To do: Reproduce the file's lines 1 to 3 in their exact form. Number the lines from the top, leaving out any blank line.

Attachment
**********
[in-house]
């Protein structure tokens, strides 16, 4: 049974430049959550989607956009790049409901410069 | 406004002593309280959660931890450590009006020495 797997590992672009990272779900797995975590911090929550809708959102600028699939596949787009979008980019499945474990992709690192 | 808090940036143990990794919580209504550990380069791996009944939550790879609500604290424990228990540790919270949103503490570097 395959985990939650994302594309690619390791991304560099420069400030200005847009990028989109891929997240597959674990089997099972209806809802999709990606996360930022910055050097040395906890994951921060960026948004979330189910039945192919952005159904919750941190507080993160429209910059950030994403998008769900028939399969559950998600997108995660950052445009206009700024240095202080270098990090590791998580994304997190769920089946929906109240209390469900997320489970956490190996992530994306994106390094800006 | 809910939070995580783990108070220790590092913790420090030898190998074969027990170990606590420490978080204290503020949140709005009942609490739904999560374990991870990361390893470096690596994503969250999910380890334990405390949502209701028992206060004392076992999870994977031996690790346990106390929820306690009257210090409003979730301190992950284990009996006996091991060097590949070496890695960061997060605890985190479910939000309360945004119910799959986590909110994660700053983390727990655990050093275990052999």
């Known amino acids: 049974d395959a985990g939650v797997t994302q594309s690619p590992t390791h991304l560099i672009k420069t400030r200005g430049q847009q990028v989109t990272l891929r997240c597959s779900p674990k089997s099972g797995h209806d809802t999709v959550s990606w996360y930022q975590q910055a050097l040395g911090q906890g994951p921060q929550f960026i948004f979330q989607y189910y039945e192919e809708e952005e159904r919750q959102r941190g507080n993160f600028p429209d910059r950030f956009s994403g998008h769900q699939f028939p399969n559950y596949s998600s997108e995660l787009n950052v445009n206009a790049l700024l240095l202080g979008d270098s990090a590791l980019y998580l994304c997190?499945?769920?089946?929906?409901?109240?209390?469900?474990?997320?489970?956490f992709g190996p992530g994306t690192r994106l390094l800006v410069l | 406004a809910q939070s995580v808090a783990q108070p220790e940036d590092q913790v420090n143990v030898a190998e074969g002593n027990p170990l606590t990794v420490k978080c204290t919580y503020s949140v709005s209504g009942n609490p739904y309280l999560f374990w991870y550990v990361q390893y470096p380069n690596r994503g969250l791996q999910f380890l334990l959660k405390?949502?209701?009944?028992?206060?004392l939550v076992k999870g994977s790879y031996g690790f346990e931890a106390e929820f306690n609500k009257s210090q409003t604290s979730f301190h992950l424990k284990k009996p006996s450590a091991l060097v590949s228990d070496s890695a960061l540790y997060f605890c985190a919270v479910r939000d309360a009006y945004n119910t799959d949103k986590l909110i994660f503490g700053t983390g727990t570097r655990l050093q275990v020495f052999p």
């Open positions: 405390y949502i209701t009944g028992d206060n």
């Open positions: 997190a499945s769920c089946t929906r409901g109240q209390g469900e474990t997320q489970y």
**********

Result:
[in-house]
């Protein structure tokens, strides 16, 4: 049974430049959550989607956009790049409901410069 | 406004002593309280959660931890450590009006020495 797997590992672009990272779900797995975590911090929550809708959102600028699939596949787009979008980019499945474990992709690192 | 808090940036143990990794919580209504550990380069791996009944939550790879609500604290424990228990540790919270949103503490570097 395959985990939650994302594309690619390791991304560099420069400030200005847009990028989109891929997240597959674990089997099972209806809802999709990606996360930022910055050097040395906890994951921060960026948004979330189910039945192919952005159904919750941190507080993160429209910059950030994403998008769900028939399969559950998600997108995660950052445009206009700024240095202080270098990090590791998580994304997190769920089946929906109240209390469900997320489970956490190996992530994306994106390094800006 | 809910939070995580783990108070220790590092913790420090030898190998074969027990170990606590420490978080204290503020949140709005009942609490739904999560374990991870990361390893470096690596994503969250999910380890334990405390949502209701028992206060004392076992999870994977031996690790346990106390929820306690009257210090409003979730301190992950284990009996006996091991060097590949070496890695960061997060605890985190479910939000309360945004119910799959986590909110994660700053983390727990655990050093275990052999």
């Known amino acids: 049974d395959a985990g939650v797997t994302q594309s690619p590992t390791h991304l560099i672009k420069t400030r200005g430049q847009q990028v989109t990272l891929r997240c597959s779900p674990k089997s099972g797995h209806d809802t999709v959550s990606w996360y930022q975590q910055a050097l040395g911090q906890g994951p921060q929550f960026i948004f979330q989607y189910y039945e192919e809708e952005e159904r919750q959102r941190g507080n993160f600028p429209d910059r950030f956009s994403g998008h769900q699939f028939p399969n559950y596949s998600s997108e995660l787009n950052v445009n206009a790049l700024l240095l202080g979008d270098s990090a590791l980019y998580l994304c997190?499945?769920?089946?929906?409901?109240?209390?469900?474990?997320?489970?956490f992709g190996p992530g994306t690192r994106l390094l800006v410069l | 406004a809910q939070s995580v808090a783990q108070p220790e940036d590092q913790v420090n143990v030898a190998e074969g002593n027990p170990l606590t990794v420490k978080c204290t919580y503020s949140v709005s209504g009942n609490p739904y309280l999560f374990w991870y550990v990361q390893y470096p380069n690596r994503g969250l791996q999910f380890l334990l959660k405390?949502?209701?009944?028992?206060?004392l939550v076992k999870g994977s790879y031996g690790f346990e931890a106390e929820f306690n609500k009257s210090q409003t604290s979730f301190h992950l424990k284990k009996p006996s450590a091991l060097v590949s228990d070496s890695a960061l540790y997060f605890c985190a919270v479910r939000d309360a009006y945004n119910t799959d949103k986590l909110i994660f503490g700053t983390g727990t570097r655990l050093q275990v020495f052999p």